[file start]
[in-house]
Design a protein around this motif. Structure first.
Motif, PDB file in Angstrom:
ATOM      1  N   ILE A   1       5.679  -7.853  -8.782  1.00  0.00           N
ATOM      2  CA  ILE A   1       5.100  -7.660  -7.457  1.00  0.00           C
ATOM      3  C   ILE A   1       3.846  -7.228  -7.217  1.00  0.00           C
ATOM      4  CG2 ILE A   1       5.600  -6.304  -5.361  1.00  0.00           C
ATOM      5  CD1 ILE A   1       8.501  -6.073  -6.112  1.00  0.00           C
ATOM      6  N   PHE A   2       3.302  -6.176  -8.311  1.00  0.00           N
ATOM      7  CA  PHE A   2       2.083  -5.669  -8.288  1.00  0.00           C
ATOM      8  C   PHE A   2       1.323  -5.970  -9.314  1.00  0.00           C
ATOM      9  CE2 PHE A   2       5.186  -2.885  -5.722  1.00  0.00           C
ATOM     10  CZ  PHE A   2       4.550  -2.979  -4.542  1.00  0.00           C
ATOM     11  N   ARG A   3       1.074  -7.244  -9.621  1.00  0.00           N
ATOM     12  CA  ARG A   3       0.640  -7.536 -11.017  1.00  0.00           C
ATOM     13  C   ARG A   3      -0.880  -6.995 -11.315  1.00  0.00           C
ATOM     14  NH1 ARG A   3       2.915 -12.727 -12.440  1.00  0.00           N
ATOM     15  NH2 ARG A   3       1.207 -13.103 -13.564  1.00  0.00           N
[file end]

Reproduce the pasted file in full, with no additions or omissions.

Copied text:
[in-house]
Design a protein around this motif. Structure first.
Motif, PDB file in Angstrom:
ATOM      1  N   ILE A   1       5.679  -7.853  -8.782  1.00  0.00           N
ATOM      2  CA  ILE A   1       5.100  -7.660  -7.457  1.00  0.00           C
ATOM      3  C   ILE A   1       3.846  -7.228  -7.217  1.00  0.00           C
ATOM      4  CG2 ILE A   1       5.600  -6.304  -5.361  1.00  0.00           C
ATOM      5  CD1 ILE A   1       8.501  -6.073  -6.112  1.00  0.00           C
ATOM      6  N   PHE A   2       3.302  -6.176  -8.311  1.00  0.00           N
ATOM      7  CA  PHE A   2       2.083  -5.669  -8.288  1.00  0.00           C
ATOM      8  C   PHE A   2       1.323  -5.970  -9.314  1.00  0.00           C
ATOM      9  CE2 PHE A   2       5.186  -2.885  -5.722  1.00  0.00           C
ATOM     10  CZ  PHE A   2       4.550  -2.979  -4.542  1.00  0.00           C
ATOM     11  N   ARG A   3       1.074  -7.244  -9.621  1.00  0.00           N
ATOM     12  CA  ARG A   3       0.640  -7.536 -11.017  1.00  0.00           C
ATOM     13  C   ARG A   3      -0.880  -6.995 -11.315  1.00  0.00           C
ATOM     14  NH1 ARG A   3       2.915 -12.727 -12.440  1.00  0.00           N
ATOM     15  NH2 ARG A   3       1.207 -13.103 -13.564  1.00  0.00           N